HOME INFO NEWS FORUM PHOTOS MEDIA LINKS ABOUT US

“This is a very poignant moment for me,” Fraser says. “This is something I never thought would happen for me again – standing on stage with Julie. Working with her is the best. We’ve had a musical affinity from Day One. We’re kindred spirits.”


Emmy
July 2008
By Libby Slate

Composer Ian Fraser Joins Julie Andrews at the Hollywood Bowl

When Julie Andrews headlines two Hollywood Bowl concerts July 18 and July 19, Television Academy music peer group governor Ian Fraser will be right up there with her.

The eleven-time Emmy Award winner will conduct the evenings titled “Julie Andrews–The Gift of Music.”

In the first half, Andrews will host five singers presenting classics by Rodgers & Hammerstein, the duo with whom she is closely identified thanks to The Sound of Music and the 1957 live television broadcast of Cinderella.

After intermission, she’ll be narrating a concert version of Simeon’s Gift, the children’s book she wrote with daughter Emma Walton Hamilton.

Fraser composed the music for the 45-minute piece, which will be performed by the five vocalists and the Hollywood Bowl Orchestra.

The Bowl concerts follow the program’s premiere performance, scheduled a week earlier in Kentucky. They mark a welcome return for the stage and screen icon, who has performed only rarely since botched vocal-cord surgery a decade ago damaged her voice.

Julie’s been doing lectures. These will be the first times [in a while] she’s been out on a stage in public in a musical environment,” says Fraser, who became her musical director in 1973, after working with her on her 1972-73 ABC variety show; two of his Emmys were for Andrews specials. “She’ll be singing a little, in a low register. It’s a big step for her.”

Andrews had begun writing children’s books while she was still performing. Simeon’s Gift, published in 2003, tells the story of a humble minstrel who embarks on a journey to find songs to impress his beloved, only to find that the true gifts are within himself.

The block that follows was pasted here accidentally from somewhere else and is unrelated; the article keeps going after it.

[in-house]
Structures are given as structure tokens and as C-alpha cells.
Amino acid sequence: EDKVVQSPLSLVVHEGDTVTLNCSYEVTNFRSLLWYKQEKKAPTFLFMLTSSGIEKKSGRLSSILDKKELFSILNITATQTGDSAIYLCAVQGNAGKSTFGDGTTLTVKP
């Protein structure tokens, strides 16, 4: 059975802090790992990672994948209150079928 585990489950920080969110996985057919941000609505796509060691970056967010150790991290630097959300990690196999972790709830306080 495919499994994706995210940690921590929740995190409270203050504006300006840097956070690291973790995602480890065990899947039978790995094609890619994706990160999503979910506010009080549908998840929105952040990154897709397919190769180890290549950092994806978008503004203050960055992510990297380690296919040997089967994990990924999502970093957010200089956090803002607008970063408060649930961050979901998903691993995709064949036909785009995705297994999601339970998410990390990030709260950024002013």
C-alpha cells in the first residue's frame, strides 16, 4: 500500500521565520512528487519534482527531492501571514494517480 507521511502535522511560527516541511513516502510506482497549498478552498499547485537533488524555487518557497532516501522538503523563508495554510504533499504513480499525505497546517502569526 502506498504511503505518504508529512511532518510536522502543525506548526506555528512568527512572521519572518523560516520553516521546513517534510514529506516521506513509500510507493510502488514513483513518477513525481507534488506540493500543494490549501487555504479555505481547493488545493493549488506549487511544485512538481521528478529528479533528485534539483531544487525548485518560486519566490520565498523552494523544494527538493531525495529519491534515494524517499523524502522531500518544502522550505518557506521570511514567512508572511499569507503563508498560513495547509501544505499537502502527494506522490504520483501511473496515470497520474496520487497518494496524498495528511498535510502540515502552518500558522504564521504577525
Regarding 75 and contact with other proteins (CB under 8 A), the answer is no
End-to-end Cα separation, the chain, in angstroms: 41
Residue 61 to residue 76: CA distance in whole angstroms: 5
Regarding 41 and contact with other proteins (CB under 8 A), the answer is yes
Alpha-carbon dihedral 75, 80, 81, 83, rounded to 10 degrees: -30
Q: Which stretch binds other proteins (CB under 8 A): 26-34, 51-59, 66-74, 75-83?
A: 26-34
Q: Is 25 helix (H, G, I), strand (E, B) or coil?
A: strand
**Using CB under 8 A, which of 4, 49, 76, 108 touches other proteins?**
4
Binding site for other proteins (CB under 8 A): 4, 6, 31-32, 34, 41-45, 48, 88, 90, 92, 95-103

Fraser composed a theme for the story, and when publisher HarperCollins requested a CD to include with the book, he wrote music to accompany Andrews’ narration.

“Then, in the fall of 2006, Julie called and said, ‘Emma and I want to turn this into a children’s musical,’” relates Fraser, whose most recent TV project was AFI’s 100 Years…100 Movies. “I said, ‘Wonderful!’ Who’s going to write the songs?’ She said, ‘You are.’”

Fraser doesn’t write lyrics, but not to worry: Andrews had recruited lyricist John Bucchino (Broadway’s A Catered Affair) for the task. “You’ll like him,” she assured Fraser. Oh, and by the way, “He’s in New York.”

“That’s not going to work,” the Los Angeles-based composer responded. But as it turned out, it did.

“John sent me a lyric, and an hour later I had a song,” Fraser recounts. “Then I played it on an MP3 for Julie. Sometimes I’d send him a melody and he’d write the words. That’s how we worked. We wrote the whole score long distance.”

In all, there are eleven songs, as well as underscoring to the narration. “I wanted to shoot the composer,” Fraser says with a chuckle. “The music was so difficult to play!”

After workshops and readings in Sag Harbor, NY, where Hamilton lives, Simeon’s Gift had its world premiere last November in the town’s Bay Street Theatre.

In attendance was Ted Chapin, president of the Rodgers & Hammerstein Organization, who had long wanted Andrews to tour in an R&H show. It was his idea to pair the two elements of the current program; Broadway orchestrator Harold Wheeler, now musical director for Dancing with the Stars, provided the symphonic arrangements.

Fraser, who last conducted at the Bowl ten years ago for a Michael Crawford concert, will perform the “Gift of Music” program in Atlanta and Philadelphia in August; Simeon’s Gift may later tour schools and be presented overseas.

”It’s going to be a challenging concert for me,” he says of his summer engagements. “Non-stop music for two hours.”

Challenging—and memorable. “This is a very poignant moment for me,” Fraser says. “This is something I never thought would happen for me again – standing on stage with Julie. Working with her is the best. We’ve had a musical affinity from Day One. We’re kindred spirits.”


Home /// Info /// News /// Photos /// Media /// Forum /// Links /// About Us

All Rights Reserved

Julie Andrews Online